Forbidden Broadway is back again this Fall with a new “Alive and Kicking” addition gleefully lampooning the current offerings of the Great White Way. A revue show first conceived in the early 1980s, Forbidden Broadway harks back to an earlier tradition: American burlesque shows at the turn of the century.One of the most successful burlesquing teams was the duo of Joe Weber and Lew Fields who opened their Music Hall in 1896 to perform musical revues and burlesques of their own devising. (At the time the term “burlesque” described over-the-top parodies of popular theatrical productions and had less to do with the art of striptease.) One of Weber and Fields‘s most popular targets was the work of Clyde Fitch. Though his work hasn’t been performed on Broadway in decades, Fitch was one of the most prolific playwrights of early twentieth century. In 1909, the year he died, Fitch had four productions in Broadway theatres, three of which were new works. He saw over 60 productions of his work open on Broadway, often staged by him, and there have been over 30 feature film adaptations of his plays. (For more on Fitch’s life, check out the thoughtful bio at the The Clyde Fitch Report.)
Thanks to the efforts of the equitable photographers at Byron Company (and the Museum’s Digital Team), the Collections Portal contains images illustrating Fitch’s original intentions and the fun Weber and Fields had subverting them.
Fitch’s controversial play Sapho about a French seductress became the ridiculous Sapolio.The very next year, in 1901, Weber and Fields took on Fitch’s The Girl and the Judge about the drama that ensues when a young woman faces her parents’ separation. The Curl and the Judge was perhaps a more jovial look at parent/child relations. The ship deck setting in Fitch’s 1902 dramatic work The Stubbornness of Geraldine morphed in to the S.S. Pneumonia set for The Stickiness of Gelatine which opened at Weber and Fields’s Broadway Music Hall less than 2 months after Fitch’s opening.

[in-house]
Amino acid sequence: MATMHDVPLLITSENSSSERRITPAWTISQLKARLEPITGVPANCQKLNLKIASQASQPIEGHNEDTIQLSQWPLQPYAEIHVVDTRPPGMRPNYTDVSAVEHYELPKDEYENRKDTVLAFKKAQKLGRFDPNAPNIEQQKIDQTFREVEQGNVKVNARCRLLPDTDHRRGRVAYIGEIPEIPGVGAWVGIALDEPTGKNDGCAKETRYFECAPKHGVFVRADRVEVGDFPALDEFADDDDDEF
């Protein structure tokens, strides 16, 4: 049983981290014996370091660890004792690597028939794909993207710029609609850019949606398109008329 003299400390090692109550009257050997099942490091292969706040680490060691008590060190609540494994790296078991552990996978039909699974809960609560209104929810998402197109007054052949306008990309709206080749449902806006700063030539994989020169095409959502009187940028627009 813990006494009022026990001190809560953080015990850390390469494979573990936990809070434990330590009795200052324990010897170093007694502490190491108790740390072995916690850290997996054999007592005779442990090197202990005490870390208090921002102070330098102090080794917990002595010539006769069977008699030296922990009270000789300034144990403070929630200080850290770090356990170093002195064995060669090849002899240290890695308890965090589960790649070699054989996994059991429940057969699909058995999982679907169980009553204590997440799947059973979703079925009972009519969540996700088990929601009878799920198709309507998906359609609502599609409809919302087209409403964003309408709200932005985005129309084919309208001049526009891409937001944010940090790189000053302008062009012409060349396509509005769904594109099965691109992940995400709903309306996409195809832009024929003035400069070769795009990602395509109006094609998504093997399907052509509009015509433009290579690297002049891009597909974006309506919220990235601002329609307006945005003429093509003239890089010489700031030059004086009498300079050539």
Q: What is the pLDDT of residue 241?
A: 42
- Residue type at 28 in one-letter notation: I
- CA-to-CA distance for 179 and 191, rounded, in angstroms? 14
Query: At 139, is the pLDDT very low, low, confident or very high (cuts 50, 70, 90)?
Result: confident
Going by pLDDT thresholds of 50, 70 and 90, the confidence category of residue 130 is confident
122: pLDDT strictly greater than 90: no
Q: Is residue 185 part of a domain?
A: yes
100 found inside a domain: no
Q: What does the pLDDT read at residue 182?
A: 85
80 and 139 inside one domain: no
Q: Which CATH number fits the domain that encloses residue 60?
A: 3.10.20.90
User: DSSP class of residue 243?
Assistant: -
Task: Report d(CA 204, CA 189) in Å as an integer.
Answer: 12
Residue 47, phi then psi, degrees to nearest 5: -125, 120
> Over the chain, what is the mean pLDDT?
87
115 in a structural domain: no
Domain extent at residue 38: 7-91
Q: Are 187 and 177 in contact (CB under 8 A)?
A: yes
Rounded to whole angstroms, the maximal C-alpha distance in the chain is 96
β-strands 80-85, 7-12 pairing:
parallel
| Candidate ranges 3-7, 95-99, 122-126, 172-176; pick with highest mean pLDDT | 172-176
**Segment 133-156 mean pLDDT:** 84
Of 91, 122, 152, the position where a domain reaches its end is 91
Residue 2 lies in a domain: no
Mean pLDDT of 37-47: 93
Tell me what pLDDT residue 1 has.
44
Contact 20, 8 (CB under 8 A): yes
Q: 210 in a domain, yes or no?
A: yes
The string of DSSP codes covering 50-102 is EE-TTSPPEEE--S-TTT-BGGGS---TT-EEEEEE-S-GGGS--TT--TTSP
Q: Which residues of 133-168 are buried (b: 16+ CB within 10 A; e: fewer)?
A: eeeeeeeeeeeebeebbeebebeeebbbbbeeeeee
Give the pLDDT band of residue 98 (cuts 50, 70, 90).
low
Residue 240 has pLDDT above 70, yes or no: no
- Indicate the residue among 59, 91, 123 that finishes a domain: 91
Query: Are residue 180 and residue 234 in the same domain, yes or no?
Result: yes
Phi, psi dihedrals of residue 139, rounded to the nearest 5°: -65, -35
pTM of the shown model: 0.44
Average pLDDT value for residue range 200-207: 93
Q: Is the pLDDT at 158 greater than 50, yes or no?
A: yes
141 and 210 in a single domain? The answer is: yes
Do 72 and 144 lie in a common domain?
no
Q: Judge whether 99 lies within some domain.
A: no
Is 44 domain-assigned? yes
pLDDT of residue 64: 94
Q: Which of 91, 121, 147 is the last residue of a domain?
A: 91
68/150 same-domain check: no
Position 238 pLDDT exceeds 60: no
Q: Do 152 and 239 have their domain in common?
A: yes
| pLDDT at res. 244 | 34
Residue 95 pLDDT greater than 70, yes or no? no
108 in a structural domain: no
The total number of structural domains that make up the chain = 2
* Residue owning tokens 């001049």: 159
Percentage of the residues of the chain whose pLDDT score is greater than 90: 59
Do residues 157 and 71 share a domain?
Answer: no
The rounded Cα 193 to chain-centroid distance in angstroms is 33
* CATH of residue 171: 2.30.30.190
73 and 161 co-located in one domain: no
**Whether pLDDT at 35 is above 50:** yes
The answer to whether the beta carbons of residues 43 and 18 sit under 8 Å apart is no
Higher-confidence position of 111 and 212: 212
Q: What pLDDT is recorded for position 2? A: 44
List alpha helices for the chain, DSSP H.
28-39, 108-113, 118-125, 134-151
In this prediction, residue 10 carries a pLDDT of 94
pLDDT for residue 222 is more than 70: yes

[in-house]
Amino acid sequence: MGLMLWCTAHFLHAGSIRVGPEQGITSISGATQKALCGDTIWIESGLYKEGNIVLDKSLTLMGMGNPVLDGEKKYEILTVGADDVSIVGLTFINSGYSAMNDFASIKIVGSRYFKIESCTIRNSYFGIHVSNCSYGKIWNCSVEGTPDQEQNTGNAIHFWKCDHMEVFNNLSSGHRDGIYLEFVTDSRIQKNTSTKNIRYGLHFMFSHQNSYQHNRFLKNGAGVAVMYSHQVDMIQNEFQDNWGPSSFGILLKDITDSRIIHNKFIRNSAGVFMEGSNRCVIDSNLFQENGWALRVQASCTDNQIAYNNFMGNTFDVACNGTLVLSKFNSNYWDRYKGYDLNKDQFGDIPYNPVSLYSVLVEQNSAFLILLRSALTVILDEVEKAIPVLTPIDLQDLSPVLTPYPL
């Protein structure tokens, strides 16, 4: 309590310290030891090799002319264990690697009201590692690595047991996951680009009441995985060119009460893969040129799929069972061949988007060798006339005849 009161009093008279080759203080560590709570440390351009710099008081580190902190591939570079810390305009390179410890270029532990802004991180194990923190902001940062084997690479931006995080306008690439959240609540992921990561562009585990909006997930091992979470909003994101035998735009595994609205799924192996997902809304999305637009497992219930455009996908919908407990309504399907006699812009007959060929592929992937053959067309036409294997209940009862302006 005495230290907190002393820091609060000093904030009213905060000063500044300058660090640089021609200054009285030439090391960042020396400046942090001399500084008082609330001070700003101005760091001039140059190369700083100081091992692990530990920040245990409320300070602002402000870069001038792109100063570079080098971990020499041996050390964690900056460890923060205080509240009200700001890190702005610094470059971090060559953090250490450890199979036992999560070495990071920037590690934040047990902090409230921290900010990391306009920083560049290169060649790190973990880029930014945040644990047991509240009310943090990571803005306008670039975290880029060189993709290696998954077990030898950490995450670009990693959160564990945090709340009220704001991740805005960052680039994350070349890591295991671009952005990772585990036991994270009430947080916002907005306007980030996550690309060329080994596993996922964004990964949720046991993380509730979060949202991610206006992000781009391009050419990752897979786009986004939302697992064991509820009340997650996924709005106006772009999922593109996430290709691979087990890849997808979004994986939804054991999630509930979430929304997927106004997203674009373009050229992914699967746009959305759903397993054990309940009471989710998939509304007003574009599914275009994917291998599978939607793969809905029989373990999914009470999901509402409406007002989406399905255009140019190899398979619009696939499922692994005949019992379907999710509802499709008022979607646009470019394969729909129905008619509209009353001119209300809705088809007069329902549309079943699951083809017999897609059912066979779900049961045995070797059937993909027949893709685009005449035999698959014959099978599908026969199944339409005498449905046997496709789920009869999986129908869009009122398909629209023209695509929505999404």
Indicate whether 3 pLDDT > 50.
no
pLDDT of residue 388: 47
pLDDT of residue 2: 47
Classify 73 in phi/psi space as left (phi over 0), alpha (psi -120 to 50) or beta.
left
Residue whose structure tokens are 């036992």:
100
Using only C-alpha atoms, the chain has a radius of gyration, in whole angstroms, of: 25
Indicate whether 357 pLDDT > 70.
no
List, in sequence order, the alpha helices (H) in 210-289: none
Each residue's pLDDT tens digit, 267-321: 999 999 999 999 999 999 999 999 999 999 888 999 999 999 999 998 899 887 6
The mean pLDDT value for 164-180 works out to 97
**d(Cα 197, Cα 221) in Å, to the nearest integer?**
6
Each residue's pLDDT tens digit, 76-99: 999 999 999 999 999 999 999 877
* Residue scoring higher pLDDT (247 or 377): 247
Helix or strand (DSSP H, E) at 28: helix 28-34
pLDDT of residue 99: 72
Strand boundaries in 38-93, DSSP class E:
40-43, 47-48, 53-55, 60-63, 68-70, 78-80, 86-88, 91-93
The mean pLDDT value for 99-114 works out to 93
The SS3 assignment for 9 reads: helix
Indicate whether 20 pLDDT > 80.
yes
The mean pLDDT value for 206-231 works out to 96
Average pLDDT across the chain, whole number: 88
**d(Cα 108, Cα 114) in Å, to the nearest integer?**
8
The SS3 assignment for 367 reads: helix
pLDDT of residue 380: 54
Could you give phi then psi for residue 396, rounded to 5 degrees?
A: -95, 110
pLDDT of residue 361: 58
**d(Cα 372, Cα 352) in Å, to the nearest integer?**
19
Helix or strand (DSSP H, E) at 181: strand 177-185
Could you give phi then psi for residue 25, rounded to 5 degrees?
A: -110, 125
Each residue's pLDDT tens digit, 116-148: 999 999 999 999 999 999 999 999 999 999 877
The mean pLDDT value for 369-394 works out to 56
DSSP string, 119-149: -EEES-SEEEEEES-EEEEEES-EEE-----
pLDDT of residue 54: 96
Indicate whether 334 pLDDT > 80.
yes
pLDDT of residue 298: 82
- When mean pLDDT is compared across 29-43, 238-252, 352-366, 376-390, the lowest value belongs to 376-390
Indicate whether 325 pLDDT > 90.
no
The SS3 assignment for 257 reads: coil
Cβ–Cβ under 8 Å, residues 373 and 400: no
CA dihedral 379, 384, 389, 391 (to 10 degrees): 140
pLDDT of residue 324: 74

One of Fitch’s most popular works (it launched the career of Ethel Barrymore) was Captain Jinks of the Horse Marines, a title Weber and Fields felt no need adjust for their skit. Fitch’s plays weren’t the only ones parodied by Weber and Fields, and just as certainly, Weber and Fields weren’t the only company doing the lampooning. Both enjoyed popular acclaim in their day, the best influenced by the best. Fitch received the compliment of caricature, and both may have benefited in box office receipts. After all, a parody is always funnier when you’re familiar with the original.